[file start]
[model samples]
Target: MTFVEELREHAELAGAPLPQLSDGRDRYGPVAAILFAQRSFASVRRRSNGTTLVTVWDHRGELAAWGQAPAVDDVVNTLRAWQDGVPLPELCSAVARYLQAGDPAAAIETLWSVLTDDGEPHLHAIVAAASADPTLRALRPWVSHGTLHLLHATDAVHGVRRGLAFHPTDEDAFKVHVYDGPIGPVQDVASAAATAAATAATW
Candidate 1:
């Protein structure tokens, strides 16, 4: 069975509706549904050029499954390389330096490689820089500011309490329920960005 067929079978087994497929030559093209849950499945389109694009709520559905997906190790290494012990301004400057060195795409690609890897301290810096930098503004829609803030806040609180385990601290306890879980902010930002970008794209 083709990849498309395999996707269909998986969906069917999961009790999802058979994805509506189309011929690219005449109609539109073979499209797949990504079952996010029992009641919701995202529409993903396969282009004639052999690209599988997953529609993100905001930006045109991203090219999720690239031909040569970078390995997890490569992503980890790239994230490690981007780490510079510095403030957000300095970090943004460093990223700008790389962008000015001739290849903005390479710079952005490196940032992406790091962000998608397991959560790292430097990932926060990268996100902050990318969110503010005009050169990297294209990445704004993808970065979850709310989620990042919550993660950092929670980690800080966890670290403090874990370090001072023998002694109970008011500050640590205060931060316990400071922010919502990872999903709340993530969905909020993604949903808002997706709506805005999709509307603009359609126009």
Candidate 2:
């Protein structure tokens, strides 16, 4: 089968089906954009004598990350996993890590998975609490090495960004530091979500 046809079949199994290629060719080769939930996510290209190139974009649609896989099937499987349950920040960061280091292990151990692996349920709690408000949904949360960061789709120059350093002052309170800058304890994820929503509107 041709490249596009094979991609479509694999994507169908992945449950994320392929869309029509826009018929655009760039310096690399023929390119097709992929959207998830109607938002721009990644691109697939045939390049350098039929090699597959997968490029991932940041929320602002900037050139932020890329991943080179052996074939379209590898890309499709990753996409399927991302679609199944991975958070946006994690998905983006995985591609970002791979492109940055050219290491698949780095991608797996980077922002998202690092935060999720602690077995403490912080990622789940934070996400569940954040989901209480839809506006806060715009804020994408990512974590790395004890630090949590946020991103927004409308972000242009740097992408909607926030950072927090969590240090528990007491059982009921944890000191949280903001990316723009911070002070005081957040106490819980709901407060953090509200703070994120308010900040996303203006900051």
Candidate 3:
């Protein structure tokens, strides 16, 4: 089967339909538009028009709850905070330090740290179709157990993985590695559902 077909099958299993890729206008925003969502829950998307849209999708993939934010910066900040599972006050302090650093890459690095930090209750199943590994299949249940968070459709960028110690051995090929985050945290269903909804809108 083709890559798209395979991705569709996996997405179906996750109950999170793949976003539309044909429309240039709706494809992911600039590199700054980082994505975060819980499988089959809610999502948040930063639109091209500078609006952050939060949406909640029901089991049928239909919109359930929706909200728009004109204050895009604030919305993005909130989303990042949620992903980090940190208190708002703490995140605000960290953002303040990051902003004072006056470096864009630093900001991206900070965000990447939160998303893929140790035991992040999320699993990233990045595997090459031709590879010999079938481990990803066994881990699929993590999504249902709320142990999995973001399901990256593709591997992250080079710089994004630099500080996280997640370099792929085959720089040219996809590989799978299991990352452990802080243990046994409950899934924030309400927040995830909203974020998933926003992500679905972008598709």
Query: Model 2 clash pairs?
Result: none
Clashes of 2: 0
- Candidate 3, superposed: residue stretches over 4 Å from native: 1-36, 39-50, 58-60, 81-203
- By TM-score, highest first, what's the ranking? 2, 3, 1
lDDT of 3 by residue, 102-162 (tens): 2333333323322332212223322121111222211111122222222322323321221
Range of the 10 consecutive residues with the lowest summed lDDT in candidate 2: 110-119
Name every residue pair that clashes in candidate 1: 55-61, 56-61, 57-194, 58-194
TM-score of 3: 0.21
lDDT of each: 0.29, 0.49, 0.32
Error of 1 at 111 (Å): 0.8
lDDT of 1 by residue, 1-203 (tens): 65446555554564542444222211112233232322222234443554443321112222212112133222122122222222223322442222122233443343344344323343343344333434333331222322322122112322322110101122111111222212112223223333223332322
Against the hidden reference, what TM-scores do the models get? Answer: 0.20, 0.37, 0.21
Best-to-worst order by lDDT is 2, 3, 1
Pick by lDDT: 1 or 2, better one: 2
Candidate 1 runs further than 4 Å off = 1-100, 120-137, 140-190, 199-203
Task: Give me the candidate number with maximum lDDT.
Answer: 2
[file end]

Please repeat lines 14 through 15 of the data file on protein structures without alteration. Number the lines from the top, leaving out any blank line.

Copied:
lDDT of 3 by residue, 102-162 (tens): 2333333323322332212223322121111222211111122222222322323321221
Range of the 10 consecutive residues with the lowest summed lDDT in candidate 2: 110-119